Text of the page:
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I show how to make a simple duplicate key that can be made from a plastic card, a tin can or any other similar material. This can be used as an emergency spare key. The first step is to use a lighter and clear tape to make an outline of the key with the exact dimensions of the original. The outline of the key is on the clear tape which can be transferred to a plastic card or the lid of a tin can. The key is then cut out as precise as possible and can be used to open the lock. It may be too flimsy to turn so you can use a small Flathead screwdriver or a lockpicking tension wrench to turn the key. On stiffer plastic you may have to bend the key to make it fit into the key-way better. It is very easy to make a duplicate key this way and can be done in a few minutes. Be careful to make the teeth of the key as accurate as possible so it does not get stuck in the key-way. Only open locks you own or have permission to open.

Lock picking is the art of unlocking a lock by analyzing and manipulating the components of the lock device without the original key. In addition, ideal lock picking should not damage the lock itself, allowing it to be re-keyed for later use, which is especially important with antique locks that would be impossible to replace if destructive entry methods were used. Although lock picking can be associated with criminal intent, it is an essential skill for a locksmith, and is often pursued by law abiding citizens as a useful skill to learn or simply a hobby.

Step 1: Materials

- Clear Tape

- Pliers

- Lighter

- Scissors and X-acto Knife

- Flathead Screwdriver or Lockpicking Tension Wrench

- Key to Duplicate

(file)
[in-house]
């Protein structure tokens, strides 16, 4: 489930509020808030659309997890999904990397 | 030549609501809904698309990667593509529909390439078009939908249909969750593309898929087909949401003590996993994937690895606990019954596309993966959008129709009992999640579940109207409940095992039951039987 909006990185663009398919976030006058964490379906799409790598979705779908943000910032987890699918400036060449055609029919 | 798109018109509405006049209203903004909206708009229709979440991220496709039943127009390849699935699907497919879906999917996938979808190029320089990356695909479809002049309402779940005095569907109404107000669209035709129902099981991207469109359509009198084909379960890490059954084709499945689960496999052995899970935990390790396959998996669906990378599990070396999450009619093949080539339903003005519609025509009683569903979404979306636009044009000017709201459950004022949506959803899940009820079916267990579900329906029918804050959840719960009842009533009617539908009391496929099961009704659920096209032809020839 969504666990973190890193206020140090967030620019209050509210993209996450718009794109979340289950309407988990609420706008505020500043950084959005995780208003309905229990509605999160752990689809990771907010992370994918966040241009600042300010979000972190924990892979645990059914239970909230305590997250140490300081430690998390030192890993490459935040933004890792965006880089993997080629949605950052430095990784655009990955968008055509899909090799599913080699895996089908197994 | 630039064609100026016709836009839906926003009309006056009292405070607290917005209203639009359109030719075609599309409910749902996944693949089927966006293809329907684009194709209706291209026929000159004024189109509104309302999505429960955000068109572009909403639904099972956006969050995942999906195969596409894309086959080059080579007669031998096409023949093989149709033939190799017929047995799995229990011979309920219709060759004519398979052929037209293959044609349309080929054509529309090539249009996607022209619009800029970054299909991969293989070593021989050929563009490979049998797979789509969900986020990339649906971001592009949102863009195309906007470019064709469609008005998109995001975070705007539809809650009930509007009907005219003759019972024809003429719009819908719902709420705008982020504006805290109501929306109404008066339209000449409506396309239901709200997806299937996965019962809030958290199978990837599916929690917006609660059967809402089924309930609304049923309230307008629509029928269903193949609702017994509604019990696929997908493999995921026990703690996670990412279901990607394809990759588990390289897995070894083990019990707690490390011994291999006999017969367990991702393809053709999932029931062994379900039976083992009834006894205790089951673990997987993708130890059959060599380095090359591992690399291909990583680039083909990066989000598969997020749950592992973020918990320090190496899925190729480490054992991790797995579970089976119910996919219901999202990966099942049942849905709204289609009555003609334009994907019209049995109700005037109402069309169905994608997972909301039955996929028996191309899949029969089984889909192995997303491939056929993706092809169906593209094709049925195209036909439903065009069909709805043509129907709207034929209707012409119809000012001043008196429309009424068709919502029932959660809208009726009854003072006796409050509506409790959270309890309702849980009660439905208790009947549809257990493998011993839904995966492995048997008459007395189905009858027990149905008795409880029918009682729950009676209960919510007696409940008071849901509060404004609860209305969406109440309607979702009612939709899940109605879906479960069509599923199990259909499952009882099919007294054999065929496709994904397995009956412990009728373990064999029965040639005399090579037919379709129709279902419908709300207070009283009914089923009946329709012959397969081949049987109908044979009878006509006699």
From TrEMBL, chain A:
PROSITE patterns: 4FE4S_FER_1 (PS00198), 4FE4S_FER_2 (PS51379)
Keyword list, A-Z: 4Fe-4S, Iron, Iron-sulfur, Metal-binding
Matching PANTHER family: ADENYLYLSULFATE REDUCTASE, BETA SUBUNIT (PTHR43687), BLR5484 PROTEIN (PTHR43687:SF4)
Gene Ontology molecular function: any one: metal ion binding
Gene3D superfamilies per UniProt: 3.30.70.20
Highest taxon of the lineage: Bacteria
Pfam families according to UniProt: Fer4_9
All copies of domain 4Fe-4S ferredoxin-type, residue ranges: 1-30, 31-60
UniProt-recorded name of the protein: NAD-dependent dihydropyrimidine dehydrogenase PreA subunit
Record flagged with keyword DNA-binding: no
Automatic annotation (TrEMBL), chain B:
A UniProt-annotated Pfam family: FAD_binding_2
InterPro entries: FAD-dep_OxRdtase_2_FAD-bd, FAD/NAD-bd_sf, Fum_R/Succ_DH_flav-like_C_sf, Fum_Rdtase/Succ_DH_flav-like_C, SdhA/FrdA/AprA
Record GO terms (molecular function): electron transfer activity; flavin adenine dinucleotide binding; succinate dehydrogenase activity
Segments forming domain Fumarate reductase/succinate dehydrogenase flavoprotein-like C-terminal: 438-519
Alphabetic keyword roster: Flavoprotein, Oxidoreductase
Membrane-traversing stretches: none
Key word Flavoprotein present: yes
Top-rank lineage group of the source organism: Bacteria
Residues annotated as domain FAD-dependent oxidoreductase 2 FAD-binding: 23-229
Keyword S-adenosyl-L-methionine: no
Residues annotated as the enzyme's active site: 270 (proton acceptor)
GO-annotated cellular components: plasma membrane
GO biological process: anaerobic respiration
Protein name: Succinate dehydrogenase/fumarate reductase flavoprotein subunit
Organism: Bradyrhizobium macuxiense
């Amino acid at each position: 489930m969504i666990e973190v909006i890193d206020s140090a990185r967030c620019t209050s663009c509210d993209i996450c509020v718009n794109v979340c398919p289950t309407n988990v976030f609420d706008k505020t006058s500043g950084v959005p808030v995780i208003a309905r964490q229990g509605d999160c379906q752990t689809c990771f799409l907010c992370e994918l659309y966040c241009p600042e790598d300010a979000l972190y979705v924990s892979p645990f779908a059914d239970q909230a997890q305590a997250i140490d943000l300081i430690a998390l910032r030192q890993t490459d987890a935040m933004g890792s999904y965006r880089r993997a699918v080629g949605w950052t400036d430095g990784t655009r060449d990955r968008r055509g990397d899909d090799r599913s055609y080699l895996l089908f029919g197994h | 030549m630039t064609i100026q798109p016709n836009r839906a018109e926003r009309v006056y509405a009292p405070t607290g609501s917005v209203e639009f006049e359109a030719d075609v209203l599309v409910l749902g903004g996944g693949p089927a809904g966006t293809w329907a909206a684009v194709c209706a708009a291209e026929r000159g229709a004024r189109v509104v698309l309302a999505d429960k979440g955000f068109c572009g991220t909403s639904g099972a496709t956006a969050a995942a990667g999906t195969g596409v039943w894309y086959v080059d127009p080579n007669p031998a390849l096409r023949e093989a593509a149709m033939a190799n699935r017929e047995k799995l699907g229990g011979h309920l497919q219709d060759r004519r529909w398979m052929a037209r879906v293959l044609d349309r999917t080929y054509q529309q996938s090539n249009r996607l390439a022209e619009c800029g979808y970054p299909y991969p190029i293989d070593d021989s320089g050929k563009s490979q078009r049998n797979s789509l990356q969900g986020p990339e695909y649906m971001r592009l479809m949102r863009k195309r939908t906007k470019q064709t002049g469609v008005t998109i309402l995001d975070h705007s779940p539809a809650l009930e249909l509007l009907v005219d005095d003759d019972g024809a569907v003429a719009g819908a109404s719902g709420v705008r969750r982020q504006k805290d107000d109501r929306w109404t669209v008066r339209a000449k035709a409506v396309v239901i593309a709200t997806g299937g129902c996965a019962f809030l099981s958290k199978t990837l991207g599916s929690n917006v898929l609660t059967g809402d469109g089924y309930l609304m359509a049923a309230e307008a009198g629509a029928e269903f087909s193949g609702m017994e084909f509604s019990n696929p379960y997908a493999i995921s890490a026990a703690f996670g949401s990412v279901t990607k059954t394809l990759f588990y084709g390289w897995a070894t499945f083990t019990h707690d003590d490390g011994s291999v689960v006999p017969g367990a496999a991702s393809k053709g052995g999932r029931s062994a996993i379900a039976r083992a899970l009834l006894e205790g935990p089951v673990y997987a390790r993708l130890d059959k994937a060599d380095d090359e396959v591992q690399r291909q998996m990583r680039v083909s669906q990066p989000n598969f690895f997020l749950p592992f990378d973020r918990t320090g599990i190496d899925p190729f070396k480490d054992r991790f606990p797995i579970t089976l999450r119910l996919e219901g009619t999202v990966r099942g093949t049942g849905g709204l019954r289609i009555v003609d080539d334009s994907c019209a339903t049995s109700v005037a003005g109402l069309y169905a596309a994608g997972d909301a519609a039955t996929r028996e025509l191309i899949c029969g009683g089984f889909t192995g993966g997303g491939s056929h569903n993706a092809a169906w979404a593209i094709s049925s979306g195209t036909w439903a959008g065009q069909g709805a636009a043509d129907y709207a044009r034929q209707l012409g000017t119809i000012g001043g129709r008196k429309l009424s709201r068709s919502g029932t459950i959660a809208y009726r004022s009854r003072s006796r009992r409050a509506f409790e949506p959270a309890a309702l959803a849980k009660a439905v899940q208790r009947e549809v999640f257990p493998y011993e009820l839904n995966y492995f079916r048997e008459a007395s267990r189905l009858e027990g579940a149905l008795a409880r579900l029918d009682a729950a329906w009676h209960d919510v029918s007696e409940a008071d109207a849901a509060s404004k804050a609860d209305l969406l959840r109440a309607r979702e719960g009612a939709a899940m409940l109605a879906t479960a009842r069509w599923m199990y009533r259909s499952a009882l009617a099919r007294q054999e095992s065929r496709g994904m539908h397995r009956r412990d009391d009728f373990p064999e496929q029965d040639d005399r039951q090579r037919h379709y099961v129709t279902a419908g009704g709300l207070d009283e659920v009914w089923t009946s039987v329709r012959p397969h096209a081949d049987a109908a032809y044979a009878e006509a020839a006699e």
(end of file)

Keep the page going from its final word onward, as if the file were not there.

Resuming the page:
- Tin Can, Plastic Card, or Plastic Bottle

Step 2: Watch the Video

(The video may not show up for mobile viewers)

https://youtu.be/K4ijAOZfdL8

<p>if you live in an appartment sometimes they won't let you get a duplicate key cut.</p><p>And it would be nice to have an extra in the car or at work for when you lock yourself out.</p><p>I'm definitely going to try this</p>
<p>Interesting idea, but if I owned the key, I would probably just get a duplicate made. </p><p>Despite the disclaimer about only opening locks that you have permission to open, the only time I can see this being useful is if I wanted to duplicate a key that I didn't own and could only access long enough to get the impression to copy later.</p>
<p>It can be handy to keep a plastic &quot;key&quot; in your wallet in case you lose your key ring, or if you just don't use a key often enough to justify making your key ring even bulkier.</p>
<p>I've had a few times when either no one is at the key cutting places, or they don't have the 'blanks' i need to cut my key. An example, I wanted a 'door only' key for my car. Since it's an electronic chip key to start the vehicle, many of the local places don't have it and refer me to the dealership, which wants $250 for a key, because of the electronics. I've had a few issues like this with keys I do legally own. </p>
<p>Good point. Most of the hardware stores around here seem to have the appropriate blanks, but if not, then I guess you wouldn't have much choice. Yes, the dealer price for duplicate key is ridiculous... </p>
<p>Time for traveling 12 miles, plus expense and probability of no blanks make this worth trying for two small old keys I don't have for my 1982 vanagon. (water and petrol)</p><p>Many thanks for this tutorial!</p>
<p>Great simple way to make a backup! Thanks.</p>
<p>Love it</p>
<p>When do you find it useful to make the key as opposed to just buying a duplicate key?</p>
<p>I have an outside mailbox that I lost the duplicate key. My husband a new key for the mailbox. So there are occasional uses for a home made key. </p>
Some keys are &quot;No Duplicate&quot; means can't legally duplicate. A mail box for a rental property for example.
<p>Good point. And come to think of it I have had keys that they couldn't duplicate because they didn't have a blank that matched, like some old padlock keys.</p>
<p>Hi; thanks for that! I guess it might be a good idea to spray-grease the lock itself to prevent any stiffness first before you try your American Express key in it.</p>
Nice

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